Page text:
Scientists have carefully simulated conditions on Earth in the earliest part of its history, some 4.6 billion years ago, hoping to unlock a greater understanding of how amino acids brought the first ingredients for life into being.

Together, amino acids form proteins that play many vital roles in organisms. This new study was designed to help establish why a specific group of 20 'canonical' amino acids is used again and again to build proteins when there are so many more of these amino acids to pick from.

It's thought that these 20 amino acids are made up of 10 'early' ones picked from the atmosphere and meteorite fragments of early Earth, and 10 'later' ones added on top – but what the selection process for the latter 10 involved isn't clear.

Amino acids
Canonical amino acids are thought to have been added in two groups. (Makarov et al., Journal of the American Chemical Society, 2023)

"You see the same amino acids in every organism, from humans to bacteria to archaea, and that's because all things on Earth are connected through this tree of life that has an origin, an organism that was the ancestor to all living things," says chemist Stephen Fried, from Johns Hopkins University in Maryland. "We're describing the events that shaped why that ancestor got the amino acids that it did."

Through a reconstruction of primordial protein synthesis, the researchers showed that ancient organic compounds would have favored the amino acids best at folding proteins, tailoring them for specific functions.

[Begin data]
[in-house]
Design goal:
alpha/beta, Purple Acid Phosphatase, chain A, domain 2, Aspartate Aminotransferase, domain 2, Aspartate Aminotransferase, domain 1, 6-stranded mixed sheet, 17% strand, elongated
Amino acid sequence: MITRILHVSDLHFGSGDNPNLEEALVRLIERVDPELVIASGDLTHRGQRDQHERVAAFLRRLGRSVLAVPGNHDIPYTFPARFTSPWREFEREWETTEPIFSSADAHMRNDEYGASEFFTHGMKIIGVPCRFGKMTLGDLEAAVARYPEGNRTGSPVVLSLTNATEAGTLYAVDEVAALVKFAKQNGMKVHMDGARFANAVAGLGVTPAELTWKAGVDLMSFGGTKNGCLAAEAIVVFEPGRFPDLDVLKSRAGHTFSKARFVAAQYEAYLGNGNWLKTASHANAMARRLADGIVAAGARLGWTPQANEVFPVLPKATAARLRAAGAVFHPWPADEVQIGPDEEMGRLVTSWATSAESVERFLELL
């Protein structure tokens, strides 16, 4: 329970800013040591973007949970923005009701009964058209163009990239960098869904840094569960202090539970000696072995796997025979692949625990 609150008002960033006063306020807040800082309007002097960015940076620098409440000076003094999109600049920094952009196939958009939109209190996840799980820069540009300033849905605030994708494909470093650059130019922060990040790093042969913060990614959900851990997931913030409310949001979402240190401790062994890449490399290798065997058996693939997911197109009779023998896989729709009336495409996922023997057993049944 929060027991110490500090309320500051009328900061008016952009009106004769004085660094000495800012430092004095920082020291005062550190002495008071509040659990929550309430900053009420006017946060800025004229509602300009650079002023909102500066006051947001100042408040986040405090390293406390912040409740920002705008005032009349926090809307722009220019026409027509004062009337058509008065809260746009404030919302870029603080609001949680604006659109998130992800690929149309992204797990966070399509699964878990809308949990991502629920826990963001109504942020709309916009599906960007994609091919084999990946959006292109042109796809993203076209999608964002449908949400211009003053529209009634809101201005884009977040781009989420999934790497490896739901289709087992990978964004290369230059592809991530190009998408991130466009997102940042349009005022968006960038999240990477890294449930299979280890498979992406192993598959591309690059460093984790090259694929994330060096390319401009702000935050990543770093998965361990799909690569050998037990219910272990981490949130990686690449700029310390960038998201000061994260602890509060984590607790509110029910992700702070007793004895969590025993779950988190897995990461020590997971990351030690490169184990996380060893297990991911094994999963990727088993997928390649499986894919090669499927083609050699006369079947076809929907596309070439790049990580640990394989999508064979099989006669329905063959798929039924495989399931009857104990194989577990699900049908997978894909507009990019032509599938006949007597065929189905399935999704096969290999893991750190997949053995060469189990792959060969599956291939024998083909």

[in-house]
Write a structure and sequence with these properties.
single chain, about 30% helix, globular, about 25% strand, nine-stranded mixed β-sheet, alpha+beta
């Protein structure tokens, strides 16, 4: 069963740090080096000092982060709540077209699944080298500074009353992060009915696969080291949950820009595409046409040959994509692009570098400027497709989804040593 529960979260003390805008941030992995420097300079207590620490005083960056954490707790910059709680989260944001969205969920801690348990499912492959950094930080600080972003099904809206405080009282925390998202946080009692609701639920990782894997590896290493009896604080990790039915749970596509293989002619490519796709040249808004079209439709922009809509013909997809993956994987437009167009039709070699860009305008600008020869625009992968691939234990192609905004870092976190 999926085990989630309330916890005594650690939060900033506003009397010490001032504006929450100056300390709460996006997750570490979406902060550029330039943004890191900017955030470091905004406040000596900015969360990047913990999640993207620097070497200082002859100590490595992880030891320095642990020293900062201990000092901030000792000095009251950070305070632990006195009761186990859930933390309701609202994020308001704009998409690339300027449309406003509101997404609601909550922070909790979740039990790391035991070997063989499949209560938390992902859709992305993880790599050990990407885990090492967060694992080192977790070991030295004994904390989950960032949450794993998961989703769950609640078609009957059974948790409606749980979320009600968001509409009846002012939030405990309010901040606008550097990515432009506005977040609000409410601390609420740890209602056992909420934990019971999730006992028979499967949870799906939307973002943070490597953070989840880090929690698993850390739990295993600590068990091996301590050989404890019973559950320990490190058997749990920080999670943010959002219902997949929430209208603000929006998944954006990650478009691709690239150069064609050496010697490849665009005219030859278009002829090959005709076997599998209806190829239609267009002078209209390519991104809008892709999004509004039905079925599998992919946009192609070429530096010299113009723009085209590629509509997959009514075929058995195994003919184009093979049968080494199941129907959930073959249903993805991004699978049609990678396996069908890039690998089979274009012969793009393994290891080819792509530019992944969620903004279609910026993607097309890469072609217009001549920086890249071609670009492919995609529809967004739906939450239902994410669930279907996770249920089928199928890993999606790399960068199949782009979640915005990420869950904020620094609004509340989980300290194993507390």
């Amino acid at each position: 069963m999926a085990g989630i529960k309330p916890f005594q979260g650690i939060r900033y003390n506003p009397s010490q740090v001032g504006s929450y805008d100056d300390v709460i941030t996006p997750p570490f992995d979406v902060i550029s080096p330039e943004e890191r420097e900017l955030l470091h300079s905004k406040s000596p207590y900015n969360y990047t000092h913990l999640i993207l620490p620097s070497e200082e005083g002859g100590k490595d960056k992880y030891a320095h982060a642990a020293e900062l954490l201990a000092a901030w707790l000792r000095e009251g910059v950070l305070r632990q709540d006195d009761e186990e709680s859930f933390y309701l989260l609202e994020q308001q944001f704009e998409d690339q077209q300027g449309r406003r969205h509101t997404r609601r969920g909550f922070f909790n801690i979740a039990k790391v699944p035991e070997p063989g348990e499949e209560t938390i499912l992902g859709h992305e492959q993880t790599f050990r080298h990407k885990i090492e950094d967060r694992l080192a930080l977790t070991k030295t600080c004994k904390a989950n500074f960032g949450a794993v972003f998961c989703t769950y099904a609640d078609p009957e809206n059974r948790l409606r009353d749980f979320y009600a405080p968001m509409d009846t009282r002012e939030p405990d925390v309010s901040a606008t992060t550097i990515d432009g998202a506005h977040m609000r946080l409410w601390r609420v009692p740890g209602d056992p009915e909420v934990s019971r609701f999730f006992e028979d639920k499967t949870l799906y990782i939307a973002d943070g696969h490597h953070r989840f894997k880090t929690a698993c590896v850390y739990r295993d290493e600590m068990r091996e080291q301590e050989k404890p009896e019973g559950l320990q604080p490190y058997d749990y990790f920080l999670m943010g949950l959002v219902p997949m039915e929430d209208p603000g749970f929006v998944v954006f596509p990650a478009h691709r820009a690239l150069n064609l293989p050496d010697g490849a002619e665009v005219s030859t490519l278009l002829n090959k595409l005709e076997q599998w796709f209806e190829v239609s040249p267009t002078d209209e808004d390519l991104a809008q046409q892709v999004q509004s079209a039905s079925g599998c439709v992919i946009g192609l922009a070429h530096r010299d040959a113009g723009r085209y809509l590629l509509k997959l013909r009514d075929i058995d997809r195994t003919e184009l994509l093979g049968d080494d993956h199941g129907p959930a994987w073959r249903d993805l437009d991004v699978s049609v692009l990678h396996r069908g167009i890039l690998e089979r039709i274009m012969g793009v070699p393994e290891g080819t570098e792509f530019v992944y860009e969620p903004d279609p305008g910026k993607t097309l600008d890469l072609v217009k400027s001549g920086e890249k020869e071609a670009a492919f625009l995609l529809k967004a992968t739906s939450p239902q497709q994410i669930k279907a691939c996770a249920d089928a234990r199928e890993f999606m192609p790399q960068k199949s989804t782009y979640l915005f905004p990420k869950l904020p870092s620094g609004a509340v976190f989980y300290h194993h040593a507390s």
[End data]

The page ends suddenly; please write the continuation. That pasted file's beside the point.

In other words, a process of evolution or natural selection was underway even at this stage: it wasn't the amino acids that were most readily available that were picked, but the amino acids most suited to a particular job.

If other amino acids had been selected as part of the core group billions of years ago, the scientists determined that the very building blocks of life would not have been as efficient at doing that life-building.

"Protein folding was basically allowing us to do evolution before there was even life on our planet," says Fried. "You could have evolution before you had biology, you could have natural selection for the chemicals that are useful for life even before there was DNA."

Molecules, including proteins, are thought to have started putting together simple organisms some 3.8 billion years ago, so there's a stretch of earlier Earth history that scientists have been very keen to look into.

The team behind the study suggests that the 10 'later' amino acids, in particular, were selected for their protein-folding capabilities, enabling the replication of DNA and the production of proteins that sparked life into being.

This research can teach us more about the potential for microorganisms on other planets and our own: The same amino acids that came to Earth via meteorites can also be found in many other places in the Universe.

"The Universe seems to love amino acids," says Fried. "Maybe if we found life on a different planet, it wouldn't be that different."

The research has been published in the Journal of the American Chemical Society.